• Dale Earnhardt
    September 8, 2020

    Power of MindShift :: Emotion (Part 2)

    What can NASCAR legend Dale Earnhardt Sr.’s tragic death teach us about emotions and mindset?? Actually, a lot! His death cast a global spotlight on safety in NASCAR. Media outlets were camped outside Dale Earnhardt Inc., as well as NASCAR’s Daytona headquarters interviewing heartbroken fans and asking the question, “has NASCAR done enough to keep their drivers safe?” The late Bill France, Jr., was running NASCAR when this happened and he lost his close friend. It was a difficult time for members of the NASCAR industry as well as for the millions of fans who loyally followed the sport – and The Intimidator – Dale Earnhardt! NASCAR hired Jody Powell, a Washington heavy weight who was well-equipped to handle crisis situations. You see, Jody served as President Jimmy Carter’s Press Secretary. Jody told me the story of a meeting he attended at senior-level meeting at NASCAR headquarters in the wake of Earnhardt’s death. He told me how Mr. France was, rightfully so, very angry with how the media was portraying the sport – his sport (as Bill’s father, Bill France, started NASCAR in 1948). While being extremely angry (and voicing it clearly, as Jody recounted), Jody mentioned that none of the people in the room were making eye contact with Mr. France. It was a very tense situation, for sure. When Mr. France paused for a moment, Jody stepped in with a simple, yet powerful, statement – “Mr. France, with all due respect, being pissed off is not a strategy.” At that moment, Mr. France acknowledged that to be true and then looked to Jody and said, “you are right. So, what are we going to do about this?” How can we use the phrase, “being pissed off isn’t a strategy.” help us embrace emotion, yet still move towards action? We are experiencing a wide range of emotions these days, but we have to determine whether those emotions are moving us forward or holding us back! How we deal with our emotions and put them on display for others to see and experience also impacts our reputation. Make no mistake about that. Our consistent, daily actions influence how people see us and how they form an opinion of you and your reputation. Watch my video HERE to hear more about how emotions can keep us out of the race! Keep digging!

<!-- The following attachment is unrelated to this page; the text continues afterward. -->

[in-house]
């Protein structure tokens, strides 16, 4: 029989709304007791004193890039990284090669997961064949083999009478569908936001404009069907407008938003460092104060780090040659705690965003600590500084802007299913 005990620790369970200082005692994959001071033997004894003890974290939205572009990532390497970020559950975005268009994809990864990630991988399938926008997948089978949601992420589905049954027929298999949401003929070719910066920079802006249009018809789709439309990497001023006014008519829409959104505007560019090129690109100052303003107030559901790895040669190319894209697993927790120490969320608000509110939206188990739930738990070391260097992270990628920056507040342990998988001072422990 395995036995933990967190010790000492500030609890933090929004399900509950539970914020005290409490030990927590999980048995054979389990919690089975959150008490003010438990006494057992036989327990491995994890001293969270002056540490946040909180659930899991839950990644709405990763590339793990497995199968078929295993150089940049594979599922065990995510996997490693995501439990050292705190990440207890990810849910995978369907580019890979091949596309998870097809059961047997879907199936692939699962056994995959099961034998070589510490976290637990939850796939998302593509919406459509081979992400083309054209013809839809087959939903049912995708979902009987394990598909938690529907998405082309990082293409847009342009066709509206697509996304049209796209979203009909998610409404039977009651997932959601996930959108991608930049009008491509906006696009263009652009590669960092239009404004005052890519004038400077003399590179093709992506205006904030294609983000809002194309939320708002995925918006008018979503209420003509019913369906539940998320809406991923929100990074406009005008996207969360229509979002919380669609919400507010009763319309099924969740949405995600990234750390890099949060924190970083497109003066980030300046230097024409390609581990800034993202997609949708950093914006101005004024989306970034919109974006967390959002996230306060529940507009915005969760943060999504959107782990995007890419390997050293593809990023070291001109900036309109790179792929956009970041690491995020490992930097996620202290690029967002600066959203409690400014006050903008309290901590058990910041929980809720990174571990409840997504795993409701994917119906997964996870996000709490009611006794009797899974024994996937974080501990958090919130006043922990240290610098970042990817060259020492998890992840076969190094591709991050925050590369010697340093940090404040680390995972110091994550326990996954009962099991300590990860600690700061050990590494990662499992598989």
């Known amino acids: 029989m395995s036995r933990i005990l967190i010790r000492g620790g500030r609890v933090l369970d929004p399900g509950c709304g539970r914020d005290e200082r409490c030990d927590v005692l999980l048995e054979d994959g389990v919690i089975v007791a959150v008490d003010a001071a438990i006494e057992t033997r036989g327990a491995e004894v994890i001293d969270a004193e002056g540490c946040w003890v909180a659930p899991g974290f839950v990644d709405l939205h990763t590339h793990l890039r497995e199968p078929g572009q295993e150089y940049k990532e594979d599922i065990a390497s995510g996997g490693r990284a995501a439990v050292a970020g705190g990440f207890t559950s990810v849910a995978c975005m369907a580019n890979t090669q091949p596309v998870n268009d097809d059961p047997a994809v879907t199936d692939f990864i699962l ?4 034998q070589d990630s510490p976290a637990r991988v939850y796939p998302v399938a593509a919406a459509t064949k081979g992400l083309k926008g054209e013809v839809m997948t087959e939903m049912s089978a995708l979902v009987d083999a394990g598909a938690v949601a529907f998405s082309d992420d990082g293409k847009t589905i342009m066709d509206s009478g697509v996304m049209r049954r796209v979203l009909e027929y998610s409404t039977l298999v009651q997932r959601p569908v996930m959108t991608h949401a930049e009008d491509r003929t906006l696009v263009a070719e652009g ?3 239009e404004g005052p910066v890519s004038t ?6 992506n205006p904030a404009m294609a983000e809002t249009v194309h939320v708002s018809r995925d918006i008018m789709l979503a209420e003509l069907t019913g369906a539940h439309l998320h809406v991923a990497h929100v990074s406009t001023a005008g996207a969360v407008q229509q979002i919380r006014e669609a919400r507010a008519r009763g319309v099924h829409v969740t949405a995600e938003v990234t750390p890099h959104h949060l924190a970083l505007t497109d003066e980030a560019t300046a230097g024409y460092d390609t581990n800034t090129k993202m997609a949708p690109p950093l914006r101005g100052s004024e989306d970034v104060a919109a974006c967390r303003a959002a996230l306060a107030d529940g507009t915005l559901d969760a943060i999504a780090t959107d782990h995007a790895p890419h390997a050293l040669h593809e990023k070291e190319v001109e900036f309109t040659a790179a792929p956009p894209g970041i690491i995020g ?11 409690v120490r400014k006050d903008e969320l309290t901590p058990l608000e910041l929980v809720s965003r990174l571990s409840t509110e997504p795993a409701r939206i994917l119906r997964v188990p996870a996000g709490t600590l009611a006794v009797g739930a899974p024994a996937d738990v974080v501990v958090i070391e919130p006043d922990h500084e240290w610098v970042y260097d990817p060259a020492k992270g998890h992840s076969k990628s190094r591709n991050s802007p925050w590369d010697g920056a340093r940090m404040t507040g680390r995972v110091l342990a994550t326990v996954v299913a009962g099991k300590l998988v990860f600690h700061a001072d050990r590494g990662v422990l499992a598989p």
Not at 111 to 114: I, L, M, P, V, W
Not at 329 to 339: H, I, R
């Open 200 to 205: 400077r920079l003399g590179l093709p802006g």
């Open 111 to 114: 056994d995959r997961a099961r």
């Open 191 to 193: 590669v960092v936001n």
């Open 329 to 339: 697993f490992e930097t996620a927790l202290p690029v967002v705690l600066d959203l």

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  • Be Open Minded
    August 26, 2020

    Power of MindShift :: Perspective (Part 1)